Moonville Tunnel 

What happened in Moonville?

Moonville was small, but many folks traveled through it. It was the closest depot for those living in the remote, outlying areas. In the 1880s, Engineer Theodore Lawhead was driving his train along the tracks, which eastbound and westbound trains both shared, and the dispatch failed to notify him of an oncoming train. The two collided and after that, engineers began seeing his ghost float down from the stones near the tunnel with a lantern in his hand!

The Ferguson Property

Little remains of the Ferguson home and farm in foundation stones and piles of bricks along the trail below the old tracks and out to the old Moonville Road.

Moonville, Ohio

The Coe Property

The Coes had a large home along the tracks. They also ran a lumber and grist mill along Raccoon Creek.

Coe Property at Moonville. Raccoon Creek.

History of Moonville

Moonville Tunnel came into  existence with the Marietta and Cincinnati Railroad whose tracks crossed Vinton County right around 1856. Later, in 1883, the railway would change ownership to the Baltimore and Ohio.  The town name came from the way the full moon displayed brilliantly above the tunnel on certain  nights. Many of these residents were scattered about a couple mile area, their homes tucked into hollows and hills wherever land would allow them to build a home. There were folks like the Shirkeys, the Kennards and the Fergusons. Most of them were farmers or worked for the railway, local mines, or Coe's gristmill or sawmill. 

The community had a depot, schoolhouse, a couple homes, and the local cemetery. A tunnel was built through a hillside on the Henry Ferguson property, the infamous Moonville Tunnel. The town remained a little less than a hundred years until the last family left, leaving it nothing more than a ghost town among many in the declining economy of the 1940’s.

Just off the path is where the Ferguson property was located.

Ferguson Property at Moonville.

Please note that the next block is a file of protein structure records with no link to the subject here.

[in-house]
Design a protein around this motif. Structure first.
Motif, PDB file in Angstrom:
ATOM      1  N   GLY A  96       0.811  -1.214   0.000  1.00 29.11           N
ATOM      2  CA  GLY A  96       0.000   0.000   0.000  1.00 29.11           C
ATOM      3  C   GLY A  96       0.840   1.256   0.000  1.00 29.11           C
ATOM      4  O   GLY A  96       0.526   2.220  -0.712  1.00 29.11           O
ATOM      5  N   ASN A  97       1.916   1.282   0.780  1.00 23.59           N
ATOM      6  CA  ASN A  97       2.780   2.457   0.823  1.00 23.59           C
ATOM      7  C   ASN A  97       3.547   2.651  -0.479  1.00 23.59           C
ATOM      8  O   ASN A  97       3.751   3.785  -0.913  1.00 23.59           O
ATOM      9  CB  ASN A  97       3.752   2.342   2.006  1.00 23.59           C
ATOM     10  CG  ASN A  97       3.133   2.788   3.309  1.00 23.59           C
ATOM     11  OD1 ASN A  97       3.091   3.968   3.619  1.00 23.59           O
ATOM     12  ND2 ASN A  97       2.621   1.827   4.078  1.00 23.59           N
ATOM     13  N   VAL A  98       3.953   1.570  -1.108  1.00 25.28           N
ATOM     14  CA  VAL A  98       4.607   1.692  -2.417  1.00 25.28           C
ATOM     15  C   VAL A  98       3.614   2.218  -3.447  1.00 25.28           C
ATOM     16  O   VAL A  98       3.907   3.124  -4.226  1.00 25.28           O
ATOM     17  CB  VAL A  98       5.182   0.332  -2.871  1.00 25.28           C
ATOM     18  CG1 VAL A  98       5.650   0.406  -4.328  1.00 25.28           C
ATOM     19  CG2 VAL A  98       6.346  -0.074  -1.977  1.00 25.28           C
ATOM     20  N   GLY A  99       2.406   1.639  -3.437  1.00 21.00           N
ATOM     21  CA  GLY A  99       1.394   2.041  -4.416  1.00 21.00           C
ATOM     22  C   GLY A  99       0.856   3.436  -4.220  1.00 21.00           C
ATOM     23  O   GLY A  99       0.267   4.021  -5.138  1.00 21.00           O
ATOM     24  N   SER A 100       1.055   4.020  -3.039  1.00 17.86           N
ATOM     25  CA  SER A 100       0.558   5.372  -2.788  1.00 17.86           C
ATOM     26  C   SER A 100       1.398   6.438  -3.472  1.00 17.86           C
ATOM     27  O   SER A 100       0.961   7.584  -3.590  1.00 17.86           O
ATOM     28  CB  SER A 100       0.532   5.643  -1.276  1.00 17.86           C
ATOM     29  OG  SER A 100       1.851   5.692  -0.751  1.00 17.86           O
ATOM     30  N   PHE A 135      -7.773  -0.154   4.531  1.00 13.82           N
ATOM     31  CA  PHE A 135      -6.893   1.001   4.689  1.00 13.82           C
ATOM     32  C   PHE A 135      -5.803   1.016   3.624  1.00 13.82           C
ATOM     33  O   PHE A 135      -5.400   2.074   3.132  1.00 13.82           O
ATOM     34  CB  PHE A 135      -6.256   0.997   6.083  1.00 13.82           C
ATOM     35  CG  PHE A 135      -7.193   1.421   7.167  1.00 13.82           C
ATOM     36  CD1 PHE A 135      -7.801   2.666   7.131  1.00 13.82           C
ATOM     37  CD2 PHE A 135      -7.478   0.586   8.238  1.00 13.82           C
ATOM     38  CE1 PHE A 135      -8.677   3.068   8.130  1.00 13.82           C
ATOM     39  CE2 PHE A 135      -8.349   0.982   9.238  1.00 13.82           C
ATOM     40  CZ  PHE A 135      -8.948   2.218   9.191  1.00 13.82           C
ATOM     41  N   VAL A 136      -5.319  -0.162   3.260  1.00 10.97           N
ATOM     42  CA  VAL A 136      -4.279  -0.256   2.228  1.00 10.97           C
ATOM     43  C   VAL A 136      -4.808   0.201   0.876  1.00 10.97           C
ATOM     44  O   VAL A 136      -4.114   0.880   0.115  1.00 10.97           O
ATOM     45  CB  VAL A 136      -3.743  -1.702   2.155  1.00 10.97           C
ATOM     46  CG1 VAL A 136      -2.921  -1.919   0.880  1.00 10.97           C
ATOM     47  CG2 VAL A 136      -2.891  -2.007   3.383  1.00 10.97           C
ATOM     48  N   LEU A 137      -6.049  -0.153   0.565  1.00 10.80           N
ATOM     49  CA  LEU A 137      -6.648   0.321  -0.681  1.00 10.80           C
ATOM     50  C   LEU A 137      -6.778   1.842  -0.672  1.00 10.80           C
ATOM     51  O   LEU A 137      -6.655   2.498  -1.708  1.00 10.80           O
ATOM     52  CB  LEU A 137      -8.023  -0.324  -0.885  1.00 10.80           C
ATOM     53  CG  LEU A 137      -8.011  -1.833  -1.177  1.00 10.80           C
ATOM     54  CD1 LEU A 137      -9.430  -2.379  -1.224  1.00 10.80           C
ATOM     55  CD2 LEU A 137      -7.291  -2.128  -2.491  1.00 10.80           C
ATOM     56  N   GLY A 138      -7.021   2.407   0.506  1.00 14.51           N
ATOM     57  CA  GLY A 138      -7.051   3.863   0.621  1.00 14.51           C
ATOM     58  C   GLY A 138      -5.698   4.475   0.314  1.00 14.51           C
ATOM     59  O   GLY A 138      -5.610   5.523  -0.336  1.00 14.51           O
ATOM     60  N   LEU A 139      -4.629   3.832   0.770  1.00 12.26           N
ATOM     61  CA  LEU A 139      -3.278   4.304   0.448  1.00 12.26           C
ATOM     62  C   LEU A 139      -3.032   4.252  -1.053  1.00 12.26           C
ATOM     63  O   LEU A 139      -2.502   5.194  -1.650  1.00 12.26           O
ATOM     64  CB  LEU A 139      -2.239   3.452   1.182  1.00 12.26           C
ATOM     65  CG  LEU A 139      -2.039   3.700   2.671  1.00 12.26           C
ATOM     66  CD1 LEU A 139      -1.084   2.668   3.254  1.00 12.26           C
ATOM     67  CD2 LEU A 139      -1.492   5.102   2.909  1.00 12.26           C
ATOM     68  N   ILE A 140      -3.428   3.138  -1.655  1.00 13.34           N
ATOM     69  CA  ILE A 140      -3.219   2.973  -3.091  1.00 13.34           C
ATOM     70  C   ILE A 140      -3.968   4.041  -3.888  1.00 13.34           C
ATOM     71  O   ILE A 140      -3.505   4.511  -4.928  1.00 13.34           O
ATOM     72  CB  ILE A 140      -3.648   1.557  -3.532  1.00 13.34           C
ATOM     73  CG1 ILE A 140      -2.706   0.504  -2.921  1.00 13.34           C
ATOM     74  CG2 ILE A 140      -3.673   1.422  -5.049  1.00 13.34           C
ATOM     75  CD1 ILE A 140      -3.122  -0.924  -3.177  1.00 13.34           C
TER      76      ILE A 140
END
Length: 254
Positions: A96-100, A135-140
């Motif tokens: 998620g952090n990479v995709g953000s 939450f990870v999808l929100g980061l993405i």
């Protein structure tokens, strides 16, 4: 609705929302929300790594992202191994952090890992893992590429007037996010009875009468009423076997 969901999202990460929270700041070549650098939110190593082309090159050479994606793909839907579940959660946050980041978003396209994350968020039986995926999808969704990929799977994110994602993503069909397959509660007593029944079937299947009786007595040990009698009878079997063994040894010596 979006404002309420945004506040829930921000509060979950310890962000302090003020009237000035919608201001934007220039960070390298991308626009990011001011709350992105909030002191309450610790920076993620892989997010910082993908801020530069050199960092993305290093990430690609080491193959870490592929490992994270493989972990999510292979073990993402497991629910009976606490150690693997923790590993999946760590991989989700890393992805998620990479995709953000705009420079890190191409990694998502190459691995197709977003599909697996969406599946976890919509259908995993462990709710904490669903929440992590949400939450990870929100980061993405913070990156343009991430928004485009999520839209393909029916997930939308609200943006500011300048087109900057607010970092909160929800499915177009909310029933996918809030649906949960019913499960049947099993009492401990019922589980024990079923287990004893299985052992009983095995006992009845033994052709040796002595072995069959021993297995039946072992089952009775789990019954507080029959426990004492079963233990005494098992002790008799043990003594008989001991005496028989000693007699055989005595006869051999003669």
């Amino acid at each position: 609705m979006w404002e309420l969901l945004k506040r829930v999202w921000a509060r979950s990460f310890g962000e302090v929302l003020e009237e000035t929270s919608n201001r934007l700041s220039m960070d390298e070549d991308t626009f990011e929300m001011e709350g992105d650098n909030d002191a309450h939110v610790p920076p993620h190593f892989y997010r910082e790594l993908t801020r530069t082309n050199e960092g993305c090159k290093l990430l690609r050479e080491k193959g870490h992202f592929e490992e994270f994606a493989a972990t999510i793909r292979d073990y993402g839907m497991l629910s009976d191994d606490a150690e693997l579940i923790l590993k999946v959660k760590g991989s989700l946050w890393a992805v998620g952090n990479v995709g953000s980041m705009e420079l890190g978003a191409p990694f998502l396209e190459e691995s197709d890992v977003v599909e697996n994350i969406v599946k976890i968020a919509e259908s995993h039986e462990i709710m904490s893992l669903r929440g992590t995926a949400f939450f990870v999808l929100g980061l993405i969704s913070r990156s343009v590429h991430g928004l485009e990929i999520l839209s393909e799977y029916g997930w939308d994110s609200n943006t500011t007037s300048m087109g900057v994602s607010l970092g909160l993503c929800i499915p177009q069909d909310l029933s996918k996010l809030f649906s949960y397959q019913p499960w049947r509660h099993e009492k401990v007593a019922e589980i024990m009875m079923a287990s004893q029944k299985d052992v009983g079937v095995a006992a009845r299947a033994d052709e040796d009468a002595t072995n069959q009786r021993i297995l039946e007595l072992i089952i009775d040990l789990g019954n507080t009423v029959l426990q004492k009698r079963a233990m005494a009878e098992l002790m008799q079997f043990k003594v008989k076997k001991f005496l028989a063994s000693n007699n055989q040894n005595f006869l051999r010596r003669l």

Buy the little book of Moonville Ghosts by Jannette Quackenbush

Or come take a hike and ghost hunt with me along the old trails of Appalachia, like those in Moonville, with ghost stories and legends attached.


A couple Haunted Hikes: Occasionally the roar of wheels to rail and the mournful cry of a train horn fill the air on the old Baltimore and Ohio tracks between Zaleski and Athens, Ohio. Yet, locomotives have not run the nearby rails in over thirty years. Trainmen dreaded taking the late night runs through this isolated section because the ghost of one of their own, engineer Theodore Lawhead, was killed here when his train collided with another near this tunnel on a cold November night in 1880. After, newspapers reported his ghost was seen floating down the embankment dressed in white with a lantern in hand and eyes glowing red. Perhaps you will see and hear these ghosts too during a special night hike with author Jannette Quackenbush on a night with a full moon. Find out more here-

The Book of Moonville Tunnel and Moonville. Its Past. Its Ghosts.

Click here to buy the book!


Take a walk with Lucy and Jannette and see Moonville through the eyes of the Lucy Cam!

A video I took many years ago that was on "My Ghost Story" when few people ventured because you had to hike through Forestry to get there or cross the risky waters of Raccoon Creek. And no, no other people were around. . .


The Moonville Rail Trail is maintained by Moonville Rail Trail Association, established in April of 2001 in order to build and maintain the muscle-powered Moonville Rail Trail system.

Zaleski State Forest

Moonville Rail Trail

Moonville Tunnel



...and much more